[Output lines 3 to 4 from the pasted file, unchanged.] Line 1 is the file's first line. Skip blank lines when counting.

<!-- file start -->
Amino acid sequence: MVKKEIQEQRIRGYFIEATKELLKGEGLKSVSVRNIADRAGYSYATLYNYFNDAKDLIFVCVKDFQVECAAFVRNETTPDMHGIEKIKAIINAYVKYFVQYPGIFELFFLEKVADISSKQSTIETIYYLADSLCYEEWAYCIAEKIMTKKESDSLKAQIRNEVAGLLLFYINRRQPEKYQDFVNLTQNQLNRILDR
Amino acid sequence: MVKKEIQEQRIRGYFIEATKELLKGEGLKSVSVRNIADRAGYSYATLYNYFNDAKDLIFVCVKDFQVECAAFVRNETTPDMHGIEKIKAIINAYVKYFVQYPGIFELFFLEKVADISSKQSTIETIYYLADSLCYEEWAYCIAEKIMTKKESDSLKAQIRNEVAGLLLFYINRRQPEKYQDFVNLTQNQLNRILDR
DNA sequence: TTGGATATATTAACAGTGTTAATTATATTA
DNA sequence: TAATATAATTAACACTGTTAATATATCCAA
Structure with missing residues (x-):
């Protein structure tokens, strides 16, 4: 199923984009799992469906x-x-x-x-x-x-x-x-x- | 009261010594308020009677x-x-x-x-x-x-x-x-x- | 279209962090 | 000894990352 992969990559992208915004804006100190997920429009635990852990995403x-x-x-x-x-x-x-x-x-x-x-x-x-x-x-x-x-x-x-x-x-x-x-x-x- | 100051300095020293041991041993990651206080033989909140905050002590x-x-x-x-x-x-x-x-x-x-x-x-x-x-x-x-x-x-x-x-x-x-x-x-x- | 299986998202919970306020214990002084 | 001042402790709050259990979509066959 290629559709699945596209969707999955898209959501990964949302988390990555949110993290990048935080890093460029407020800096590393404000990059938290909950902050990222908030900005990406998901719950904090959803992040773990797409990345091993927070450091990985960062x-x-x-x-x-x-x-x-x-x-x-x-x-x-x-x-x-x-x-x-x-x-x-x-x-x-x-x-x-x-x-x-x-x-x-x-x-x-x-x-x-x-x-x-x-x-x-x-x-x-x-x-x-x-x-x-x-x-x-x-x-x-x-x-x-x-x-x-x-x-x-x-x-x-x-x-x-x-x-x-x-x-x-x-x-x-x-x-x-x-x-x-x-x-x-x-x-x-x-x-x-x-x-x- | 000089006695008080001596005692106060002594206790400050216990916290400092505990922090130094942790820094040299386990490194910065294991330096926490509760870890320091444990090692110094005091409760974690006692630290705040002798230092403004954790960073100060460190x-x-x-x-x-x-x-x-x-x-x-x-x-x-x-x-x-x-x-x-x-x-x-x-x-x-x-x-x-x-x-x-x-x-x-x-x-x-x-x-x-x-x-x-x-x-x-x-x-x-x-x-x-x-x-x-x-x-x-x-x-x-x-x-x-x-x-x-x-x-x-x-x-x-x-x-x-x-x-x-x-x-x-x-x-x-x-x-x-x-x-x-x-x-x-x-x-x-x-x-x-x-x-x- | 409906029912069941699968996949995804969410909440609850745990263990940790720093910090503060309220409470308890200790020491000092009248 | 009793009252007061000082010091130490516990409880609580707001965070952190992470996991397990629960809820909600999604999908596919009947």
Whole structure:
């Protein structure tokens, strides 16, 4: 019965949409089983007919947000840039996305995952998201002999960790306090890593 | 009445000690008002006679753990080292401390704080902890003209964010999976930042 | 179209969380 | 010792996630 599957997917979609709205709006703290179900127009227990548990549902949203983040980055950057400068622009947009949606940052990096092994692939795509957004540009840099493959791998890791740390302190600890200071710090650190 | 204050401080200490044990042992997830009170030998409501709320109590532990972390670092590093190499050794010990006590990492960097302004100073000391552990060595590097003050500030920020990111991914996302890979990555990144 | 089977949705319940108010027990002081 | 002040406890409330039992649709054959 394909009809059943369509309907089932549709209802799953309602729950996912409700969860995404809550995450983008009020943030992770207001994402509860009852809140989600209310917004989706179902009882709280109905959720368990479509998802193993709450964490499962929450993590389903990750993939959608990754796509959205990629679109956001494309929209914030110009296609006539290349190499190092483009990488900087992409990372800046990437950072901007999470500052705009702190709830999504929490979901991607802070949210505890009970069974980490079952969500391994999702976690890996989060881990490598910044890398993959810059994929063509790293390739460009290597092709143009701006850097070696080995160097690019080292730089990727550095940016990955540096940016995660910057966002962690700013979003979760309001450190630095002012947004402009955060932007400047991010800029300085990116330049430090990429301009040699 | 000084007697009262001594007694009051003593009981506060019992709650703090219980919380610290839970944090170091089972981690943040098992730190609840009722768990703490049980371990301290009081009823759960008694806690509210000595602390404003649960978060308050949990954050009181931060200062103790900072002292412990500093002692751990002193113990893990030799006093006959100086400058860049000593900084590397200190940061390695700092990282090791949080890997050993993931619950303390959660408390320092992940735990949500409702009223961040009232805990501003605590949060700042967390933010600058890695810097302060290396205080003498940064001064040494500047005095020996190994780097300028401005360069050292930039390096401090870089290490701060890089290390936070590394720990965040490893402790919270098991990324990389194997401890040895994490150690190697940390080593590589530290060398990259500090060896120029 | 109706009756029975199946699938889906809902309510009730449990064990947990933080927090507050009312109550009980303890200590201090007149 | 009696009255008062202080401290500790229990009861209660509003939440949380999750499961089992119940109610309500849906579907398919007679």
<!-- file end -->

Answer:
DNA sequence: TTGGATATATTAACAGTGTTAATTATATTA
DNA sequence: TAATATAATTAACACTGTTAATATATCCAA